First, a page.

Cake pop mania is going strong! Cute cake on a stick. Yes, please. Made popular by baking genius Bakerella, cake pops are now everywhere, from every food blog (I dare you to find one without a cake pop post) to Starbucks.
When cake pops look so pretty, who can resist? Especially when making them is such simple business. I can’t promise you’ll be able to replicate the Mona Lisa on a bite they way Bakerella surely can, but hopefully these tips can get you started.
1. Start with cake
Any sheet cake will do. Pick one from your favorite recipes (mine: yellow cake, chocolate cake, red velvet cake and spiced zucchini cake) and bake it in one big ‘ol sheet pan or two rounds–whatever the directions say. If you don’t want to make a cake from scratch, try an all-natural box mix. I did that very thing and they were super tasty.
2. Grab a fork
Once your cake has cooled, use a fork to crumble the whole thing into a bowl. How easy is that?
3. Mix with frosting
Use your hands to mix the crumbled cake with frosting. You’ll need about 16 ounces (or one can if you’re buying it) of frosting for every standard layer cake, which is about one box of cake mix; two 9×9″ cakes. Or wing it! You want a mixture that’s a gooey brownie consistency, something that’ll hold together when rolled.
4. Get rolling
Roll the cake mixture into balls about the size of a quarter. Don’t want to mess up your fresh mani? Try this cake pop mold for just $5.95. Then chill the cake balls in the fridge for a couple of hours or in the freezer for 30 minutes.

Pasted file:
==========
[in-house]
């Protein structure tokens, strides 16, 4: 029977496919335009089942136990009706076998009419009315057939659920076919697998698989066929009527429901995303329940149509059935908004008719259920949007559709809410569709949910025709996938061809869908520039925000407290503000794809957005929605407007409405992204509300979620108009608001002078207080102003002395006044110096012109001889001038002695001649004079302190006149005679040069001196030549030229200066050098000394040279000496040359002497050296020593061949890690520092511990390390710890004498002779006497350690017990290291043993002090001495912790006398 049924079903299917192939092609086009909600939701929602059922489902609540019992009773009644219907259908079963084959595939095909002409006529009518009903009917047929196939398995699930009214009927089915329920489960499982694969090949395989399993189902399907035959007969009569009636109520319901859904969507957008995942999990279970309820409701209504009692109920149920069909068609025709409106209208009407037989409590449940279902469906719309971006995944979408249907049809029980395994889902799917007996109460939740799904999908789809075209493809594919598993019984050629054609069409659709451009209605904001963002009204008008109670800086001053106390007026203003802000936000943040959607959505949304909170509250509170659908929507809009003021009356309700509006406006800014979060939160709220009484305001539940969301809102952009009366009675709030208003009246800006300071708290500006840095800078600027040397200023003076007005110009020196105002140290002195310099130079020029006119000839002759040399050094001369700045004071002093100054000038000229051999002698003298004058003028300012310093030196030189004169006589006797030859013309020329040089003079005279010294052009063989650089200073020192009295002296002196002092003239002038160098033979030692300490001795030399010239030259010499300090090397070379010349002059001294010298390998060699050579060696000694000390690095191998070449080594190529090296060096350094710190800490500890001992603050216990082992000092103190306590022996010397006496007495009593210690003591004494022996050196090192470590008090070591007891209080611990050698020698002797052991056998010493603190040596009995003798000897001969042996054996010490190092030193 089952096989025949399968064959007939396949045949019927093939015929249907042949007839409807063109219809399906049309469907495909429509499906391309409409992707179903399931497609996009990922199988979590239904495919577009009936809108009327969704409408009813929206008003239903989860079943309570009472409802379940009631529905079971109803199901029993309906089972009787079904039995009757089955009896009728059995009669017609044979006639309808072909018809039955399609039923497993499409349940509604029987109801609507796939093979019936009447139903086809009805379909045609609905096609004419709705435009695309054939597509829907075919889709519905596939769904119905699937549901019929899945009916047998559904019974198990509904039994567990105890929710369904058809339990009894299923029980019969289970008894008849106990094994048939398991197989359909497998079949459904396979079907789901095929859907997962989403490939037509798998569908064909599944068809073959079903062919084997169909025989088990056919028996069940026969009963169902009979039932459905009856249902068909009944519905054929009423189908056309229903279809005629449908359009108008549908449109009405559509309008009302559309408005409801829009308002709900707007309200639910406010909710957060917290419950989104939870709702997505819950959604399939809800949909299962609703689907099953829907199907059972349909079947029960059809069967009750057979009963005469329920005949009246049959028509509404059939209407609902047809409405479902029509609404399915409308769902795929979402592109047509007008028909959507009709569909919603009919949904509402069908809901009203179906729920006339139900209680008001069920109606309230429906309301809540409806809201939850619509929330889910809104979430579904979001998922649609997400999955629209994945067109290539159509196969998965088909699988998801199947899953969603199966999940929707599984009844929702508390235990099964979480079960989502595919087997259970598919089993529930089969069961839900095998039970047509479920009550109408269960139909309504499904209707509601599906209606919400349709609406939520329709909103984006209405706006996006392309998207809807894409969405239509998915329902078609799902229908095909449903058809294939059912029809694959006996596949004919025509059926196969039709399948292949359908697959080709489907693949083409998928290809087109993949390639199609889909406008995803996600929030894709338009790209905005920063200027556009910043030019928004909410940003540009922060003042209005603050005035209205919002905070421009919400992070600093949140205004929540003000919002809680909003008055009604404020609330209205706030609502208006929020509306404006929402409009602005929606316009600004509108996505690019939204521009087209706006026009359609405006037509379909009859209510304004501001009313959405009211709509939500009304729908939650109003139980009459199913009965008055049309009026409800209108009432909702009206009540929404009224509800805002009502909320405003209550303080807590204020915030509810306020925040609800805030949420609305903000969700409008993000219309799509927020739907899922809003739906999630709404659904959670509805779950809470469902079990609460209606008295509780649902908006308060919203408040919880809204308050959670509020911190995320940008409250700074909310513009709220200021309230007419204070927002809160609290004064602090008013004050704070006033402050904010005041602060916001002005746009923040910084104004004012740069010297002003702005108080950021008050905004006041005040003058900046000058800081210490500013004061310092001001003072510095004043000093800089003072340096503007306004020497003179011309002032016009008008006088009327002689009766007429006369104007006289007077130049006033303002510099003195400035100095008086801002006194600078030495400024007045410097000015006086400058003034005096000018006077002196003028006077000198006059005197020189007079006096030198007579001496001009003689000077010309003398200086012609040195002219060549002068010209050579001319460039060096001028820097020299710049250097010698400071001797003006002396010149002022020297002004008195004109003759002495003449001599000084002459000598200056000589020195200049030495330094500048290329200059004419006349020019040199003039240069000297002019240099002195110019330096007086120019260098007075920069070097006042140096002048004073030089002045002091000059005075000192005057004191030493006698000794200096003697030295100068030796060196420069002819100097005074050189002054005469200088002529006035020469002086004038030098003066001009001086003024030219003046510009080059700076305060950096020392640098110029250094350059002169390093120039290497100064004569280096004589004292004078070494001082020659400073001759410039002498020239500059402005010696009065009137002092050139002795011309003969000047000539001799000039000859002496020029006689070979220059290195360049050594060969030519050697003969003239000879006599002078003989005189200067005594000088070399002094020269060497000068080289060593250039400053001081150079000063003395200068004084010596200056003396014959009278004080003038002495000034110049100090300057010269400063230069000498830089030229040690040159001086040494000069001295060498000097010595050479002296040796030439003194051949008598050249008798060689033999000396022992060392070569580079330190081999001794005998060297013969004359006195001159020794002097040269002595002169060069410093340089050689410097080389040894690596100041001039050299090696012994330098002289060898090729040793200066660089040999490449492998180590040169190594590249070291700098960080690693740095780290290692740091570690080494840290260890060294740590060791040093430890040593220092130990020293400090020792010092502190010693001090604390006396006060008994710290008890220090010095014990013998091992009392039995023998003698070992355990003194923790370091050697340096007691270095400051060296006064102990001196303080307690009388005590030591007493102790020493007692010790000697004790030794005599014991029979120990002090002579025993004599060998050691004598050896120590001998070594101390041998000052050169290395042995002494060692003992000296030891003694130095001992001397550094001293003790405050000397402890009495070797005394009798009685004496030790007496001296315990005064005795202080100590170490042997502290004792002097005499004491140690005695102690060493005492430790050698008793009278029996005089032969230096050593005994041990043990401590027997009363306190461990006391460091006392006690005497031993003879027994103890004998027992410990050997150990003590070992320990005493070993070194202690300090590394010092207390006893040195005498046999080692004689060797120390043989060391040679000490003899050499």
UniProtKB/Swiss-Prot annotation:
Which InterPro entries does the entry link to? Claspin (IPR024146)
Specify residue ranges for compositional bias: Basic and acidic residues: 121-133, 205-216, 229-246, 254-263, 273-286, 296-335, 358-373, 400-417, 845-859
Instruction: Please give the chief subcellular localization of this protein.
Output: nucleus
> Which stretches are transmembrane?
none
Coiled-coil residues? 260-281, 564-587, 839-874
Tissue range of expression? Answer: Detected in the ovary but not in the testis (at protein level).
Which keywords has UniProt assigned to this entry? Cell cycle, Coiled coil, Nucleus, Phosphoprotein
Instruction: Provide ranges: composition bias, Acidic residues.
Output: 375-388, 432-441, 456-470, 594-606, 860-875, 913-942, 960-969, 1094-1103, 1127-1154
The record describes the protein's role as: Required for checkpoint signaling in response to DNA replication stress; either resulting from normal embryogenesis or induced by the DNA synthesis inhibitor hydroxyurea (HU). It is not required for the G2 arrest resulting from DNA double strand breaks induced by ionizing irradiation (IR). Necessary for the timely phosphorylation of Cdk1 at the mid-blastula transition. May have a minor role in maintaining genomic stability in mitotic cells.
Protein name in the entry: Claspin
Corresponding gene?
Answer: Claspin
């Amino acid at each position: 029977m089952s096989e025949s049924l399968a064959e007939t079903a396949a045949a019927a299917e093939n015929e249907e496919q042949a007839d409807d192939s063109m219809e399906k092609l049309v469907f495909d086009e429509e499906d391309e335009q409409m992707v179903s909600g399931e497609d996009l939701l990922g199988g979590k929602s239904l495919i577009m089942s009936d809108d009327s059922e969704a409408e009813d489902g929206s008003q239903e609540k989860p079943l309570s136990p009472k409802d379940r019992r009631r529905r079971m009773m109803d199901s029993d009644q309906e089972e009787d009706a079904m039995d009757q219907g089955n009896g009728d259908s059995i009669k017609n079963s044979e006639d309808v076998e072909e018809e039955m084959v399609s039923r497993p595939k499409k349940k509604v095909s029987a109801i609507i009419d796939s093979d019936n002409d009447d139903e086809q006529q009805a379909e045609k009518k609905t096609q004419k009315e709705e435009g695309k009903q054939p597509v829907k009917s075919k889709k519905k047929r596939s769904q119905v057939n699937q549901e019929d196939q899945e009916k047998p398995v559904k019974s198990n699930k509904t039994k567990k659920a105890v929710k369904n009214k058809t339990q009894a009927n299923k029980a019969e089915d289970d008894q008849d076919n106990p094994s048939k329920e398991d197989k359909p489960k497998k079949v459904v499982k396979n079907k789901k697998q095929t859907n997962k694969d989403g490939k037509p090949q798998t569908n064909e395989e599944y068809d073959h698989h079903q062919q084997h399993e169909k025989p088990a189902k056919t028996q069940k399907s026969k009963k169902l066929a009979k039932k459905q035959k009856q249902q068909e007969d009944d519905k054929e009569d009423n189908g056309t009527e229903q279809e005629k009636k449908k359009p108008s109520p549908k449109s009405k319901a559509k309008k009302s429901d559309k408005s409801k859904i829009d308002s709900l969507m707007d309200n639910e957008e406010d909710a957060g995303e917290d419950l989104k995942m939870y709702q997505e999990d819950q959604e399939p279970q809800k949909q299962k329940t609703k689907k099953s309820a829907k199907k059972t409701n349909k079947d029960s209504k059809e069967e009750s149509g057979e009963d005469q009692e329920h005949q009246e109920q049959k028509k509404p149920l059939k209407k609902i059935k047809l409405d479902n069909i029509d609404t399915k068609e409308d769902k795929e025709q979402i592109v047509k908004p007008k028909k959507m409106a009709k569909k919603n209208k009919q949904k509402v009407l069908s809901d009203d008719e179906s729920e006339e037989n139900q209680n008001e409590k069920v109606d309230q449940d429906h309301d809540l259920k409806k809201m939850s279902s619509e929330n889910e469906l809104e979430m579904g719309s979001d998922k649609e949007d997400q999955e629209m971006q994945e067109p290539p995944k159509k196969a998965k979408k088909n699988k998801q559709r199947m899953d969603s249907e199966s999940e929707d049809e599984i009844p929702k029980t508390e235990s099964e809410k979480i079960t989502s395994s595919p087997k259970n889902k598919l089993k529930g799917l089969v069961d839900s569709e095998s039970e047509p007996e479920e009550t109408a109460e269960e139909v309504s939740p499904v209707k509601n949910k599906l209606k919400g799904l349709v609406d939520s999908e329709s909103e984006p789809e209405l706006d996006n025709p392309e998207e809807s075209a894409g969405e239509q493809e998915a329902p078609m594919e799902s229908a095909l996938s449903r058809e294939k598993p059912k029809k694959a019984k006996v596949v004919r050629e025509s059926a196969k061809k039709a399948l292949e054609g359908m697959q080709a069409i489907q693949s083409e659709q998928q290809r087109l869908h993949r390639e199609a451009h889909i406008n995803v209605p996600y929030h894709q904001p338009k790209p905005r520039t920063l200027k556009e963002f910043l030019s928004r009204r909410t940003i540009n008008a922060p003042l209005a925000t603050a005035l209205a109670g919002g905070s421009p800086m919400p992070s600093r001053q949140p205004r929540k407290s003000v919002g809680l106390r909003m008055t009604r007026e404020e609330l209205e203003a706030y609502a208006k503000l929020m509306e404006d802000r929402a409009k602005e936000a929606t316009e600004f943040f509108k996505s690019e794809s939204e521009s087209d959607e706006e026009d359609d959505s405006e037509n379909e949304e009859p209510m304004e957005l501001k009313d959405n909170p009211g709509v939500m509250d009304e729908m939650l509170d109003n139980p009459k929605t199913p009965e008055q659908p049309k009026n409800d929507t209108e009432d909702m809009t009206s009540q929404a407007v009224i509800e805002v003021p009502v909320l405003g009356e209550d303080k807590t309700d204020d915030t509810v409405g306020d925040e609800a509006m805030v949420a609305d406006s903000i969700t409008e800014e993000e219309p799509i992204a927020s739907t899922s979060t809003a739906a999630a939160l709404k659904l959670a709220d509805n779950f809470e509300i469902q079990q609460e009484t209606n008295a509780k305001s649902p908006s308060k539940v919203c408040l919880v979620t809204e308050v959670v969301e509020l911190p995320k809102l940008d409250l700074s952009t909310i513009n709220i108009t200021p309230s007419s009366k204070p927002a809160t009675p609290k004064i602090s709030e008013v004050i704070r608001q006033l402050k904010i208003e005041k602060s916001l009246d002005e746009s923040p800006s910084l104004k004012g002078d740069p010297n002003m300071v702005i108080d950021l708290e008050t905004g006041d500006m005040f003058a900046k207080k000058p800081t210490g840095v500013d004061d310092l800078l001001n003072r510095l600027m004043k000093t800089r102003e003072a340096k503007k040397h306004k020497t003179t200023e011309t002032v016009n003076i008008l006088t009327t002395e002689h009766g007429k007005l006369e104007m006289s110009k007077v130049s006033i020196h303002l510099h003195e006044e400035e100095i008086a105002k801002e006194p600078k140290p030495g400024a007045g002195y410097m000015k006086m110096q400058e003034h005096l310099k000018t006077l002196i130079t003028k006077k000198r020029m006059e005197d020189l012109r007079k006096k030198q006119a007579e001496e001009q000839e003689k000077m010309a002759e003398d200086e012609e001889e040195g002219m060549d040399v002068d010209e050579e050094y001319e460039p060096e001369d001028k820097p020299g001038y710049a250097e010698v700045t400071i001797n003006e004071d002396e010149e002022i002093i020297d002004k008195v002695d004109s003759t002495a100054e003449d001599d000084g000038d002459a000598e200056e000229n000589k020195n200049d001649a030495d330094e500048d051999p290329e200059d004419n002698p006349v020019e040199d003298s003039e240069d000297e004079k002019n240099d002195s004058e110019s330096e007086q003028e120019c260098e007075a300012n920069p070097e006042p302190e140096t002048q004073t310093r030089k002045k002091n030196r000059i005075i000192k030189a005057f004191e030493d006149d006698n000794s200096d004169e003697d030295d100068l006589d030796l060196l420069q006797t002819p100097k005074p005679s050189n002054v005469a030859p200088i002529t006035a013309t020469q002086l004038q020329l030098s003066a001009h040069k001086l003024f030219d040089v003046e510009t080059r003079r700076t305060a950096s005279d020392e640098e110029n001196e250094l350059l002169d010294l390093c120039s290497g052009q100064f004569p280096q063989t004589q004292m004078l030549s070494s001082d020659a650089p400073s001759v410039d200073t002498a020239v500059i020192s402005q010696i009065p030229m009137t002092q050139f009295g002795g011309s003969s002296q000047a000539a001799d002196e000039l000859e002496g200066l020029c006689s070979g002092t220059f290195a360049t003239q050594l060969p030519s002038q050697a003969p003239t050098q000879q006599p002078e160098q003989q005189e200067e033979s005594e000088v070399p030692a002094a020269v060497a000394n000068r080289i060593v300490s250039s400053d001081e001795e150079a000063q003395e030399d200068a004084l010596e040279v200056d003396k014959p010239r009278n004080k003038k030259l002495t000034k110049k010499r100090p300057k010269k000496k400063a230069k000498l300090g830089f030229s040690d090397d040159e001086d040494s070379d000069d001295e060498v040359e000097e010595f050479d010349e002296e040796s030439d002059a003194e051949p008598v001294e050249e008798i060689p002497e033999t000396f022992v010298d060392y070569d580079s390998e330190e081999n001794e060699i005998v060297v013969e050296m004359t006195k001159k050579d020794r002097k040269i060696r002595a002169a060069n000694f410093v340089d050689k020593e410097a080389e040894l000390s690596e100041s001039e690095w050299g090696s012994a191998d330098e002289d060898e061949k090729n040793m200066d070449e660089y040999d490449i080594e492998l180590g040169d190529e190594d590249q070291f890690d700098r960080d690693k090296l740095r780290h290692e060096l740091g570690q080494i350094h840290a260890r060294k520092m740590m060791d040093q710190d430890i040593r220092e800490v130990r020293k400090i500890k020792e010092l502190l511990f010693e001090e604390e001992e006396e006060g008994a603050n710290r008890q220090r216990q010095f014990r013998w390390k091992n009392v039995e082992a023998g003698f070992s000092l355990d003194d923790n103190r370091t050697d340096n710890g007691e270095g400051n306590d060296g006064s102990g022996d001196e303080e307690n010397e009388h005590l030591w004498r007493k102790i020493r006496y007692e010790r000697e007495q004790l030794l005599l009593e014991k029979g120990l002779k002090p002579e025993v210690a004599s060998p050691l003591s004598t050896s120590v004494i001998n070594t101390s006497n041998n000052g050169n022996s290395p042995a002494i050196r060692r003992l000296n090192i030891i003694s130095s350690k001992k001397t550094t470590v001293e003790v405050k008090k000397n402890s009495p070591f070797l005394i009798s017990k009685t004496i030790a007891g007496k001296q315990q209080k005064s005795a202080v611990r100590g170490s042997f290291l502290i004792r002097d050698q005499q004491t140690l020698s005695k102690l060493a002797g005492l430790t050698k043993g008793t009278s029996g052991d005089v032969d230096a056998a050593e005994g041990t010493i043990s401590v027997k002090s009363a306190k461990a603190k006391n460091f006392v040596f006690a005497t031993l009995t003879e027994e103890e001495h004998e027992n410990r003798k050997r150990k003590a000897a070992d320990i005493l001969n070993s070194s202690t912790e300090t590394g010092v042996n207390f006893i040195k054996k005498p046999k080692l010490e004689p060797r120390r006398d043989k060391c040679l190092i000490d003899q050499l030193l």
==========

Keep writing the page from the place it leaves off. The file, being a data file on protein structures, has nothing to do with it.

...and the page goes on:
5. Think toppings
Right before the cake balls are done chilling, melt candy melts on the stove or in the microwave–this is the chocolate candy coating on cake pops.
6. Grab a stick
Dip a lollipop stick in the melted candy coating before sticking it 2/3 of the way into a cake ball and then dip the whole cake pop into the coating. Voila, your pop art canvas! Decorate as you wish…but don’t stress. Here, simple is good. And just as delicious.
7. Let them dry
Bakerella suggests that you stick the finished cake pops into a piece of styrofoam to dry. While this is a perfect solution for you crafty mamas who have styrofoam blocks lying around the house, the rest of us can use a colander to dry cake pops — a genius tip I found from Quinn’s Baking Diary.
Done and done. Long live cake pops for all!
If you need a how-to with pics, this cake pop tutorial by Elsie at A Beautiful Mess has a photo for every step, perfect for us visual learners.